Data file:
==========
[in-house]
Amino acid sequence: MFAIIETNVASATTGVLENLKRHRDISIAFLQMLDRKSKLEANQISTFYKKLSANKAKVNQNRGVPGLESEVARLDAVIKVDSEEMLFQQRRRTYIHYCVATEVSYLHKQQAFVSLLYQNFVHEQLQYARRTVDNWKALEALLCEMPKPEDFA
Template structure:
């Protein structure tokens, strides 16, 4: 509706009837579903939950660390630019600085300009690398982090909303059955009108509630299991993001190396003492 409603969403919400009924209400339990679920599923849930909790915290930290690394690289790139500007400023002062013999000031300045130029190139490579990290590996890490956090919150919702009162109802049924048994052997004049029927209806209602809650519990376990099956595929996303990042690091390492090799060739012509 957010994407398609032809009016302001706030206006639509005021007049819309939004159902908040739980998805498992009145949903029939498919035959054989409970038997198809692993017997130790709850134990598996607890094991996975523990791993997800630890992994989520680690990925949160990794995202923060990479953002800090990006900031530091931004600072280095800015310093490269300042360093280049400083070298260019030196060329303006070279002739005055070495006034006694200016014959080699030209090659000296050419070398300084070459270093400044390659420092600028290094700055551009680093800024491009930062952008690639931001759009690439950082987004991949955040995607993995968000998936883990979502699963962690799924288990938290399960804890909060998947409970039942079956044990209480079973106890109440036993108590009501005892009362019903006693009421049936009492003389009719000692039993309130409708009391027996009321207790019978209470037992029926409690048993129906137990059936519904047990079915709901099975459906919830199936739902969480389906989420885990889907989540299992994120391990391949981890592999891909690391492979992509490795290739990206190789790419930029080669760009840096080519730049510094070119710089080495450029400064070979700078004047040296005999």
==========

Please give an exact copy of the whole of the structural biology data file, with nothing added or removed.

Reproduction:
[in-house]
Amino acid sequence: MFAIIETNVASATTGVLENLKRHRDISIAFLQMLDRKSKLEANQISTFYKKLSANKAKVNQNRGVPGLESEVARLDAVIKVDSEEMLFQQRRRTYIHYCVATEVSYLHKQQAFVSLLYQNFVHEQLQYARRTVDNWKALEALLCEMPKPEDFA
Template structure:
């Protein structure tokens, strides 16, 4: 509706009837579903939950660390630019600085300009690398982090909303059955009108509630299991993001190396003492 409603969403919400009924209400339990679920599923849930909790915290930290690394690289790139500007400023002062013999000031300045130029190139490579990290590996890490956090919150919702009162109802049924048994052997004049029927209806209602809650519990376990099956595929996303990042690091390492090799060739012509 957010994407398609032809009016302001706030206006639509005021007049819309939004159902908040739980998805498992009145949903029939498919035959054989409970038997198809692993017997130790709850134990598996607890094991996975523990791993997800630890992994989520680690990925949160990794995202923060990479953002800090990006900031530091931004600072280095800015310093490269300042360093280049400083070298260019030196060329303006070279002739005055070495006034006694200016014959080699030209090659000296050419070398300084070459270093400044390659420092600028290094700055551009680093800024491009930062952008690639931001759009690439950082987004991949955040995607993995968000998936883990979502699963962690799924288990938290399960804890909060998947409970039942079956044990209480079973106890109440036993108590009501005892009362019903006693009421049936009492003389009719000692039993309130409708009391027996009321207790019978209470037992029926409690048993129906137990059936519904047990079915709901099975459906919830199936739902969480389906989420885990889907989540299992994120391990391949981890592999891909690391492979992509490795290739990206190789790419930029080669760009840096080519730049510094070119710089080495450029400064070979700078004047040296005999």